Building the house of your dreams can be one of the most rewarding, and at times stressful, experiences of your life. It’s an investment that not only relies on plenty of time and money, but also requires pristine collaboration between you and your home building team to truly pay off in the end. Hiring the right general contractor to work with you side-by-side throughout the entire construction process depends a lot on your initial screening procedure when choosing between potential candidates. Here are five essential questions to ask any general contractor you have in mind, as well as what answers you should hope to hear, so you can get on track to eventually waking up in the house you’ve always dreamed of:
Credentials, Credentials, Credentials
First things first, you’ll need to inquire with your candidate on their qualifications and credentials. Go over their background as a home builder, and get a feeling for how well they know the area. Always ask for as many references they can offer as possible, and never hesitate to reach out to previous clients to gauge how satisfied they are with their home. When asking about their building experience, ask about how the previous homes they’ve worked on apply to the home you’re trying to see built. Obviously, if you’re trying to build a modern bungalow or craftsman style home and the candidate specializes in more colonial architecture houses, it’s probably best to continue searching for a better fit. Make sure you see their residential building contractor license, and review their insurance coverage. Remember, you’re the employer here, so don’t be shy when it comes to inquiring more about a candidate’s resume.
Successful collaboration depends on effective communication, so you’ll want to find out how your home builder plans on working alongside you during the building process. Creating a custom home is an undertaking that will take many months, even years, and butting heads will only make the procedure take even longer. Discuss how comfortable they are building the housing design and style you’ve selected, but also dig deeper into how they interpret or plan to adjust any ideas you have in mind. Review how questions or reservations during construction will be handled between you two, and make sure you both are on the same page for a projected timeline of when construction will be complete.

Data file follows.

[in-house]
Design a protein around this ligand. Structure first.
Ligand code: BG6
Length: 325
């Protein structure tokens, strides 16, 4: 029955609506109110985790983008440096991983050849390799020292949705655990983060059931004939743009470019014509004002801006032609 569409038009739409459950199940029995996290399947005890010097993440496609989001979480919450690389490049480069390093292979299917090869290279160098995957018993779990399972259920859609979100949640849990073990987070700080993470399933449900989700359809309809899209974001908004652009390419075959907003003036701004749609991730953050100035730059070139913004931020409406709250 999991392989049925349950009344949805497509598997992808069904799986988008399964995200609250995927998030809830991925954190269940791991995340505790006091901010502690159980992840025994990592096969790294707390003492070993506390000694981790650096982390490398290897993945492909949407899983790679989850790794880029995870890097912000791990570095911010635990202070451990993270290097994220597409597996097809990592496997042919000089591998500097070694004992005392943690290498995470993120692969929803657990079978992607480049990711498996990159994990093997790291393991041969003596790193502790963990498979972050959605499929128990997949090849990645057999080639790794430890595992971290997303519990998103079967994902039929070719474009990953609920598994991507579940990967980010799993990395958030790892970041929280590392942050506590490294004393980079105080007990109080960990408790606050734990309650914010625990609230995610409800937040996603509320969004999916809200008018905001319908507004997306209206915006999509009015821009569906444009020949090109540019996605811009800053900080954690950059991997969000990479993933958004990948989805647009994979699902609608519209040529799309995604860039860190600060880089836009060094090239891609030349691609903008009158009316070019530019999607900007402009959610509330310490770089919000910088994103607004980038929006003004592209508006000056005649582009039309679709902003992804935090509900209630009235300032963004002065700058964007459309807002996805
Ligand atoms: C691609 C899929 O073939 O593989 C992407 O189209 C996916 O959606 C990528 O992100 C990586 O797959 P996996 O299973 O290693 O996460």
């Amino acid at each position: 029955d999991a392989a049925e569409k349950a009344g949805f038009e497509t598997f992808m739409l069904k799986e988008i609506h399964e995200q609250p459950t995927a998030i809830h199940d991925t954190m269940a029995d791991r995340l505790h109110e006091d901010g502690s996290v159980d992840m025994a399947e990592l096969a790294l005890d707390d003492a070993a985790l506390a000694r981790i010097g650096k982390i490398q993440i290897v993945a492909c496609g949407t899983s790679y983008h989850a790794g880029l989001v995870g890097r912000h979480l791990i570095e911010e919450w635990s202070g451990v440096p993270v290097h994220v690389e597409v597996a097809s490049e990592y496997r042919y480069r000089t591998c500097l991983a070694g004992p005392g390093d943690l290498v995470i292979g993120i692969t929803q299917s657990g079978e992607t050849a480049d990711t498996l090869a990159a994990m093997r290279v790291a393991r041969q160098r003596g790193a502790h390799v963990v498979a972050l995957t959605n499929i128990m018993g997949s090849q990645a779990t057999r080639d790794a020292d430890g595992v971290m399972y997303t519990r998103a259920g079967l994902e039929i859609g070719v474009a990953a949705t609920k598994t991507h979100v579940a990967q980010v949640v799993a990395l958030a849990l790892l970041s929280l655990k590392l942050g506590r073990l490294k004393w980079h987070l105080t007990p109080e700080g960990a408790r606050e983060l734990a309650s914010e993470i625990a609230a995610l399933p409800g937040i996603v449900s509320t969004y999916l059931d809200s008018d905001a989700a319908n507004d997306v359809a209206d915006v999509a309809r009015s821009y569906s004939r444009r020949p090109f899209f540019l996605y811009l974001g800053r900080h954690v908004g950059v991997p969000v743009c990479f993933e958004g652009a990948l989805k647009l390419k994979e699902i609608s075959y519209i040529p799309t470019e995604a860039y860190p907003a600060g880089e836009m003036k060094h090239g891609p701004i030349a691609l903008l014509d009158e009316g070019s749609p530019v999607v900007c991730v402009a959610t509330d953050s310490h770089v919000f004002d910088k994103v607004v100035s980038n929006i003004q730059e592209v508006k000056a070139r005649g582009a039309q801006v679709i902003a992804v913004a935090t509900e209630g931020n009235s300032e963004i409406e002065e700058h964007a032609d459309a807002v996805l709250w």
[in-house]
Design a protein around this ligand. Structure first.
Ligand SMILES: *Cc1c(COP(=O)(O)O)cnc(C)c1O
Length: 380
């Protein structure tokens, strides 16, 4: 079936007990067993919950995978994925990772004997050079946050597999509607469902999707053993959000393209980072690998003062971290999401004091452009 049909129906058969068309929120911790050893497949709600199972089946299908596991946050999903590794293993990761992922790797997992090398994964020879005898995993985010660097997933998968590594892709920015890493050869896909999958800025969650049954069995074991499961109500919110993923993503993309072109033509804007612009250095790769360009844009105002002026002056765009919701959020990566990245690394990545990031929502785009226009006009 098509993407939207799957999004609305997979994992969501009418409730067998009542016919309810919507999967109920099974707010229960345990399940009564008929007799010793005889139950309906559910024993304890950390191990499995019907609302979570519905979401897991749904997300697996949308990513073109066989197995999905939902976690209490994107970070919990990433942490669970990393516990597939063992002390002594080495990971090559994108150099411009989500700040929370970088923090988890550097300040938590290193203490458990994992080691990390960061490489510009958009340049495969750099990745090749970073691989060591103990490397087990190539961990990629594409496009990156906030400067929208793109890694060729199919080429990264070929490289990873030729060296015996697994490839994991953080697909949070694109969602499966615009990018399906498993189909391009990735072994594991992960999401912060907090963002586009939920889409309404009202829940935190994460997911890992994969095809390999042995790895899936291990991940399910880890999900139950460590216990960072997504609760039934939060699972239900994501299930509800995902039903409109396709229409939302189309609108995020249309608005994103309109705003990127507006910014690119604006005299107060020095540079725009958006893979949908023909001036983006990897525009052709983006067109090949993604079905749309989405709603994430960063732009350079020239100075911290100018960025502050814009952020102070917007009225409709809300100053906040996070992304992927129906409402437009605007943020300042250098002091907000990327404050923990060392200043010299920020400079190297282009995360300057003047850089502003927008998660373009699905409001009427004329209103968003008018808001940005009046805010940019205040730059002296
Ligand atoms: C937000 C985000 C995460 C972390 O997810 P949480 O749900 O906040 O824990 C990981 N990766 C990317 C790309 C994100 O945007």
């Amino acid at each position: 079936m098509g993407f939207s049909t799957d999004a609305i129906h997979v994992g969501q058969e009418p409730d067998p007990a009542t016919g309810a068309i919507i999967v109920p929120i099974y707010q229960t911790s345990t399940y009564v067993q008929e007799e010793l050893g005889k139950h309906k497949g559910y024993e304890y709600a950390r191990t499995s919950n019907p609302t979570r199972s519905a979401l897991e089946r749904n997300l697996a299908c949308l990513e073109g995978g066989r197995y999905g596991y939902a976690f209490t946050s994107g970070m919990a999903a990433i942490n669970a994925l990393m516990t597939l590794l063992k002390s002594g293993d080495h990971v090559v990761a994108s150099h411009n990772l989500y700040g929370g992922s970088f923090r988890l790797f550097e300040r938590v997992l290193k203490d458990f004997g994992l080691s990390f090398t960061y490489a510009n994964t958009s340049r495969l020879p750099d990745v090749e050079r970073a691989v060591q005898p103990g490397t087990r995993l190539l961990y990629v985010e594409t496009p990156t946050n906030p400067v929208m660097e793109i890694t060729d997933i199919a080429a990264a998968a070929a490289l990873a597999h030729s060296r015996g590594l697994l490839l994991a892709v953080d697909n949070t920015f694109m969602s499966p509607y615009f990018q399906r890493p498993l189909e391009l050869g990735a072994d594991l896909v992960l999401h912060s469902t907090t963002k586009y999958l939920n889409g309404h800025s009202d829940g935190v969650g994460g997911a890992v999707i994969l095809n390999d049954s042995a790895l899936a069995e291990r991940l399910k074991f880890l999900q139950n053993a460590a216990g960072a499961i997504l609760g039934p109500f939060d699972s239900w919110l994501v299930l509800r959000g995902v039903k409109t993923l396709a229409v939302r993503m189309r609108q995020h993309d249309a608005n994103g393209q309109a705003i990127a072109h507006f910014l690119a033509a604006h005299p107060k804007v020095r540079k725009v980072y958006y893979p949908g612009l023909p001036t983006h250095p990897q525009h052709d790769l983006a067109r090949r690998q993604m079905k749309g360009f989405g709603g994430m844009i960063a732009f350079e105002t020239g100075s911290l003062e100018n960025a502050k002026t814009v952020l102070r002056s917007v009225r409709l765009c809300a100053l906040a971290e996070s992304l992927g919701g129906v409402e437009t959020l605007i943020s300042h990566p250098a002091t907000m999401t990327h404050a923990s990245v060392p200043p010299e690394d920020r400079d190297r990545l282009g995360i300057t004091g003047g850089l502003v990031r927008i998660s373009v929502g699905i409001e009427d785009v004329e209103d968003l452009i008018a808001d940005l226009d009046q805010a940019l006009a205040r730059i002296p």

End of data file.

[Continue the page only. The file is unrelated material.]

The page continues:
Meet The Team
It’s important to not only get a feel for the home builder representative, but to also interact with other members of their home building team. Ask the home builder how often they plan on being at the project site, and whether they can introduce you to the project manager or superintendent. Try to get a better understanding of what everyone’s role is throughout the construction process, and talk to them individually on what they’re plans are for bringing your vision to life. If a project manager provides answers that differ with what your home builder representative is telling you, it could be cause for concern.
Review Compensation Methods
When it comes down to discussing the financial end of the project, you need to ensure from your custom home builder that all details for payment requests are finalized, so you’ll avoid any unforeseen fees that may arise further down the road. Ask about their method for determining the total costs of the project, and be sure to settle on a final budget. Go over how they plan to be compensated for any pre-construction services, and walk away from your meeting with a detailed list of specifications that outline all the fees and costs being applied to building your home. Finally, be sure to review their warranty offer, and discuss compensation scenarios if housing issues arise in the future.
After you’ve interviewed the builder on construction plans, project timelines, and compensation agreements, you’ll need them to provide you with the necessary documents that outline every little detail that’s going into your house. Starting with a sample contract and budget proposal, ask your builder to print you everything from the warranty agreement, a fully detailed construction schedule, and a lien waiver that states all your legal rights. Keep all these documents and receipts in a secure place, and hang on to them even after construction is complete.